Microsoft will soon allow Windows 11 users in the European Economic Area to disable Bing web search, remove the Edge browser, and even add third-party search to the operating system interface. All of these changes are necessary for the US company’s software platform to comply with the region’s Digital Markets Act, which will come into force in March 2024.
Microsoft must meet many requirements and restrictions to comply with antitrust laws. One of the things we talk about is giving users the opportunity “Easily remove pre-installed applications or change default settings in operating systems, virtual assistants or web browsers.”. In addition to clearly indicating which apps are system components in Windows 11, Microsoft will also add the ability to remove a number of default apps, including Cortana, Camera, Photos, Edge and Bing, from the operating system’s built-in web search.
“Windows uses the region selected by the customer during device setup to determine whether the computer is located in the EEA.”said Microsoft in a statement. Of course, Microsoft could easily roll out these changes to all Windows users, but that won’t happen as currently only the EU has strict antitrust laws requiring the company to do so. In addition to the EU countries, the EEA also includes Iceland, Liechtenstein and Norway.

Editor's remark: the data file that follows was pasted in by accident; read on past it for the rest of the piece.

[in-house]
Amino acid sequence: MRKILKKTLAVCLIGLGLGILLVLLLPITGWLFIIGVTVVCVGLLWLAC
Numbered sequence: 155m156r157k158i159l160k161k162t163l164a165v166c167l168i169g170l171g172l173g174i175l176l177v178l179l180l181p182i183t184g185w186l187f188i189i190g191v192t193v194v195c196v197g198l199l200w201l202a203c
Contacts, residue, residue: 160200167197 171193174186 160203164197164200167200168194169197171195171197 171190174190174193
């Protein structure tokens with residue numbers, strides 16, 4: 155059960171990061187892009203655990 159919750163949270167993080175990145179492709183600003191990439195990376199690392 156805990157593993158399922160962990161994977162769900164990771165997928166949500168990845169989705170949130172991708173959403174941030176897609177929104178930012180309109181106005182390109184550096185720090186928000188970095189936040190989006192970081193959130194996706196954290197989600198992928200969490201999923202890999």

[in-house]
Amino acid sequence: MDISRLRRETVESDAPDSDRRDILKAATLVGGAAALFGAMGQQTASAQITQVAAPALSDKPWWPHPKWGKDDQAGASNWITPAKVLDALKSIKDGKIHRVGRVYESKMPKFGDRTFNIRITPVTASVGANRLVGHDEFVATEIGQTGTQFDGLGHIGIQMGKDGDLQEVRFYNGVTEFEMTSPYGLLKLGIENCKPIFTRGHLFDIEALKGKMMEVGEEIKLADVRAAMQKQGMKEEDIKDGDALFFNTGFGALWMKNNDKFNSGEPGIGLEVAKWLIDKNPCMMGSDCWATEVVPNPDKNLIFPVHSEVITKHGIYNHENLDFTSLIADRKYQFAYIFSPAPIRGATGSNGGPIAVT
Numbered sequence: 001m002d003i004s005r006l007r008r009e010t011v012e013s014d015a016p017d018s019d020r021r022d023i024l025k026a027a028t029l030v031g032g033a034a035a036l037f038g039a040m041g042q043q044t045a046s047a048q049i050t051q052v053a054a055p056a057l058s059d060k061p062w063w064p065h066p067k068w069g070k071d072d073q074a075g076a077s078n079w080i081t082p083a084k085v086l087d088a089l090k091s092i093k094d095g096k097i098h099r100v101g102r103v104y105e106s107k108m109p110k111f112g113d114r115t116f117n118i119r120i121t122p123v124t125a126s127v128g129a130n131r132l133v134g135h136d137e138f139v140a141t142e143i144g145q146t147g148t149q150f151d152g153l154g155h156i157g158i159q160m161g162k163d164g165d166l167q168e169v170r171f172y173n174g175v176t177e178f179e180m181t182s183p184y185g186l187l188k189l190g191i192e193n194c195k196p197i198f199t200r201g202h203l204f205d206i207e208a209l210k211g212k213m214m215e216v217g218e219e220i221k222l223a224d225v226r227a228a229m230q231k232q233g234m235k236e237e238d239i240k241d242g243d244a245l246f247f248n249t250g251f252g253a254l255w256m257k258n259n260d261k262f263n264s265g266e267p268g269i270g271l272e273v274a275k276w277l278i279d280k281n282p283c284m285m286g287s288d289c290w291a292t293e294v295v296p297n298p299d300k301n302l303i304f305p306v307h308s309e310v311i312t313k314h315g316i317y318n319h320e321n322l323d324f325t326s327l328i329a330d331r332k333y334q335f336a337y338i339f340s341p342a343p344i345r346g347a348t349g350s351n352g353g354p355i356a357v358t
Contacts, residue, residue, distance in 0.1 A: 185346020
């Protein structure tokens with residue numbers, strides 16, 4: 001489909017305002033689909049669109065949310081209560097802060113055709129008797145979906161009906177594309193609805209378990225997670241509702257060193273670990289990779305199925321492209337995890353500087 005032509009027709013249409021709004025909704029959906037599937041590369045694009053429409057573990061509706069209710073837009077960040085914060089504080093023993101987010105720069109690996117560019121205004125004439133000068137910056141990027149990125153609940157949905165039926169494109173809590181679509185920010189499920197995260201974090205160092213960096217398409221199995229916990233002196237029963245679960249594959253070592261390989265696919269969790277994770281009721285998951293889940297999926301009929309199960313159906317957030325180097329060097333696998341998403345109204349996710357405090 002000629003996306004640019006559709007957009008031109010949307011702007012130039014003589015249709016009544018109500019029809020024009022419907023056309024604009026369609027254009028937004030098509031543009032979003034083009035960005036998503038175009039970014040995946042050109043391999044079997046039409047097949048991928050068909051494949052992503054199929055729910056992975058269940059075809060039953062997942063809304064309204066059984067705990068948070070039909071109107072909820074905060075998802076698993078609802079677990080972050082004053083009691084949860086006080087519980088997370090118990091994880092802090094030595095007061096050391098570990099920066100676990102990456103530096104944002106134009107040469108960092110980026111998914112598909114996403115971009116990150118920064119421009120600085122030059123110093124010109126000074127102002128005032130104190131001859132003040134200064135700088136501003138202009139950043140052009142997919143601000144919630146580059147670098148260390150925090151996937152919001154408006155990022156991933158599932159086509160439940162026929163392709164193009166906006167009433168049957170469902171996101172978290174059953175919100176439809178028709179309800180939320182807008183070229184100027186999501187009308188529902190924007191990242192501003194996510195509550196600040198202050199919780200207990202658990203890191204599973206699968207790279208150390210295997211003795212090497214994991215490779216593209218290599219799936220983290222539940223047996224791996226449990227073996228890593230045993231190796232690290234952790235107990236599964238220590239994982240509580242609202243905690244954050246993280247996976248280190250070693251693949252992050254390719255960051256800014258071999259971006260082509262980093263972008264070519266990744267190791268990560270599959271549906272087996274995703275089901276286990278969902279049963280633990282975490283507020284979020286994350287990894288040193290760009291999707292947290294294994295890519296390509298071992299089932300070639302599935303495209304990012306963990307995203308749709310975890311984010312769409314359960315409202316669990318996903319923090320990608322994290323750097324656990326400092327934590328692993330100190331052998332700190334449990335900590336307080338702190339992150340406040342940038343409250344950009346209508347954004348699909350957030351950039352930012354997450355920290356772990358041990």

This week, Microsoft begins testing these changes in a preview version of Windows 11. The innovations are likely to become established with the entry into force of the Digital Markets Act, which comes into force on March 6, 2024.